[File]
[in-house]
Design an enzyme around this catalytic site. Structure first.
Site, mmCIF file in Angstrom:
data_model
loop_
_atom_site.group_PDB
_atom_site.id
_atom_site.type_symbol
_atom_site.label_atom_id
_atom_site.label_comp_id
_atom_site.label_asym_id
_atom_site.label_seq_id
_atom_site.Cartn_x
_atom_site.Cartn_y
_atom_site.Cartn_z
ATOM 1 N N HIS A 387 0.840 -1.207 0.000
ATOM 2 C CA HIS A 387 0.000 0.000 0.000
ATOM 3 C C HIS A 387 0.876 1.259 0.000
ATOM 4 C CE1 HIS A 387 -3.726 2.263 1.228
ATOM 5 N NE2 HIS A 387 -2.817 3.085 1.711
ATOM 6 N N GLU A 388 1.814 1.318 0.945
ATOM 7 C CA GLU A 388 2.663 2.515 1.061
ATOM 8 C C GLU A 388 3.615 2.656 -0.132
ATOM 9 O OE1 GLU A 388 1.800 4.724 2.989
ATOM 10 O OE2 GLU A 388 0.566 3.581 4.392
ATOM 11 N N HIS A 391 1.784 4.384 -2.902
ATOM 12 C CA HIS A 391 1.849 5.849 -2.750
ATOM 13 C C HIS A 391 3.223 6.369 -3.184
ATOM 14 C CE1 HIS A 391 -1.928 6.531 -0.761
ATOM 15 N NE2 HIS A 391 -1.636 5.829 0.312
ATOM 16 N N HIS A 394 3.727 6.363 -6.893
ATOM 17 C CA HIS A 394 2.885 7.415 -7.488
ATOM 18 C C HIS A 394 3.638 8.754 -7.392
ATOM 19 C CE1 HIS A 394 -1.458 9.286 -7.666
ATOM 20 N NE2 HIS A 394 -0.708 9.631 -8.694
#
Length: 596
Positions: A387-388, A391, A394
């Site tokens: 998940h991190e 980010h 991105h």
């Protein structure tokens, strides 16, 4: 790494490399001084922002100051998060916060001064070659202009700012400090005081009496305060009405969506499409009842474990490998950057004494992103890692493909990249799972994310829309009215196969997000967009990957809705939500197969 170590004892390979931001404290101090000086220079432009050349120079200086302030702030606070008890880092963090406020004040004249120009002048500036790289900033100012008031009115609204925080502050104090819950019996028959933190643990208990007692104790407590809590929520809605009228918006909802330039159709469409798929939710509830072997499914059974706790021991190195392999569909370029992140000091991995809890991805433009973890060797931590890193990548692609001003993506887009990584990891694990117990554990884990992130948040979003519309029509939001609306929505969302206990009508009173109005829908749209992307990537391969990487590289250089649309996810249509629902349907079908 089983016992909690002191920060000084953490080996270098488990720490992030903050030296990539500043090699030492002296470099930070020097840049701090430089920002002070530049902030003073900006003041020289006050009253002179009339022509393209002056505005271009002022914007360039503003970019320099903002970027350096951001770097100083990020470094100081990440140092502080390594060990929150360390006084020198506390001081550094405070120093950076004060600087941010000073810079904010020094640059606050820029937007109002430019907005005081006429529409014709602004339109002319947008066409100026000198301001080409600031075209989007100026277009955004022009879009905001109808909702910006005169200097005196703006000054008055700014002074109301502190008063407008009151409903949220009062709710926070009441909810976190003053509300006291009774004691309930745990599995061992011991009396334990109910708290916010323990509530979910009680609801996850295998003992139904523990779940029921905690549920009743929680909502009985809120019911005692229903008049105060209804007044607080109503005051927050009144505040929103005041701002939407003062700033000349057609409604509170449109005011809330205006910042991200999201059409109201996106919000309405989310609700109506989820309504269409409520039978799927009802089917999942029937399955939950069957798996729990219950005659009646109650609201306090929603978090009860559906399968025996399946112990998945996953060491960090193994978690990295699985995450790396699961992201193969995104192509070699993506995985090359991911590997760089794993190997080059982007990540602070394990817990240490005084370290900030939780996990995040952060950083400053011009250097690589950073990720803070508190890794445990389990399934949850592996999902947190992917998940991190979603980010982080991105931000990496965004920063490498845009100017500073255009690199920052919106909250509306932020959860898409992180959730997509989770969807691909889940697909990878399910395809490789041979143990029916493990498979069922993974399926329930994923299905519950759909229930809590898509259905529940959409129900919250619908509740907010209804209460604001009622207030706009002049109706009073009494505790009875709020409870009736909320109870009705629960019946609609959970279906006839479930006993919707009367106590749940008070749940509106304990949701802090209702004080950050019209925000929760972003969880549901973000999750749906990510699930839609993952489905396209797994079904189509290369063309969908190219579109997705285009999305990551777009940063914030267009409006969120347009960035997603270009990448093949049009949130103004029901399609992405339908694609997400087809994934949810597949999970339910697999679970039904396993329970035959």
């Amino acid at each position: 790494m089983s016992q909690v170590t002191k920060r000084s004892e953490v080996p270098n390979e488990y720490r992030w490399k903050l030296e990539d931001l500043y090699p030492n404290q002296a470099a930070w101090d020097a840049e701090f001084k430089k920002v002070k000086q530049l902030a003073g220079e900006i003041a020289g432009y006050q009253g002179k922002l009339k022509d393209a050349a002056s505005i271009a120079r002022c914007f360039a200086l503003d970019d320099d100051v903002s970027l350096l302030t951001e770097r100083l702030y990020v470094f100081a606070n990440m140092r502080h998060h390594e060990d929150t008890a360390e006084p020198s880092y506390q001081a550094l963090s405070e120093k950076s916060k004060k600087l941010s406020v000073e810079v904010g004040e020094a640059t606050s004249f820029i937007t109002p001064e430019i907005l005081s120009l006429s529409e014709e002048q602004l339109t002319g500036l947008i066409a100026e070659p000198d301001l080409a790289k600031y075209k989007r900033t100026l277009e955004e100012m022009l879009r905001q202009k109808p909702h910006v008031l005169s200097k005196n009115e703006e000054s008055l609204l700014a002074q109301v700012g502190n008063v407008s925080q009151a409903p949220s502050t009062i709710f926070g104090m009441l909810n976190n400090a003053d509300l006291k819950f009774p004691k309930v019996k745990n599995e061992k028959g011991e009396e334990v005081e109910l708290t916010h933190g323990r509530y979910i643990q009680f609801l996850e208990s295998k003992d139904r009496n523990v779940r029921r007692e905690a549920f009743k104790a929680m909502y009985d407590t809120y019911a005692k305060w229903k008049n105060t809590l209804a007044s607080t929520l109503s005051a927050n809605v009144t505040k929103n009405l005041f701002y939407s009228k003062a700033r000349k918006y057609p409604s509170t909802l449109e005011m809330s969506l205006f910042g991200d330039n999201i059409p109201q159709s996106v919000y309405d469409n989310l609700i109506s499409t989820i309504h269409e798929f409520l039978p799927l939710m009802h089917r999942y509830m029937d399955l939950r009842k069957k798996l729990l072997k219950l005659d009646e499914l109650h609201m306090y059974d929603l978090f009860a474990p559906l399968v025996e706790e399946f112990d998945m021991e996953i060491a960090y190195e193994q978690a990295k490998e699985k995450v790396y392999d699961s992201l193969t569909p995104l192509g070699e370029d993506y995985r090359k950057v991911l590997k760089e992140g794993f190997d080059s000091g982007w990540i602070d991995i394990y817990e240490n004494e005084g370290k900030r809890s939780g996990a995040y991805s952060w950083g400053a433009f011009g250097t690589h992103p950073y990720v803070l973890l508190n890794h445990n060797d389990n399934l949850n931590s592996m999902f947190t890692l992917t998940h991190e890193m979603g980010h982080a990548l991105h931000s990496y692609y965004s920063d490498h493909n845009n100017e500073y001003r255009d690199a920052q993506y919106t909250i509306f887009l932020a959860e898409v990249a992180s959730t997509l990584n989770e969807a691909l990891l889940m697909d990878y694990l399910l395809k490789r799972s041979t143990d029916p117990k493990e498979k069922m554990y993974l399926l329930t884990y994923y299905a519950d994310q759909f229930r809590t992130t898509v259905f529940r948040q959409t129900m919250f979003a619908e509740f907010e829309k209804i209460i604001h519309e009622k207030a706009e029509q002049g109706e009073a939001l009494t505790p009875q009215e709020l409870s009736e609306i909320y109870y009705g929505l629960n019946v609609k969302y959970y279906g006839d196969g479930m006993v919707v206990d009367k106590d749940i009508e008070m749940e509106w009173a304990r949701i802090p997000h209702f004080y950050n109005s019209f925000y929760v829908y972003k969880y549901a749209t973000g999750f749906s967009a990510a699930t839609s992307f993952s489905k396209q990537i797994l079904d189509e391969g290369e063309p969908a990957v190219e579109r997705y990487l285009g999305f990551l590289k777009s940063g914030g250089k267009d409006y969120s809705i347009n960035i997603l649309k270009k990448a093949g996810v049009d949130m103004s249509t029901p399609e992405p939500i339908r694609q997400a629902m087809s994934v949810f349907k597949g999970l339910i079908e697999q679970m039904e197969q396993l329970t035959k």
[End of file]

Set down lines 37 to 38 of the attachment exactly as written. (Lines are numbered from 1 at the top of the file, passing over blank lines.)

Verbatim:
Length: 596
Positions: A387-388, A391, A394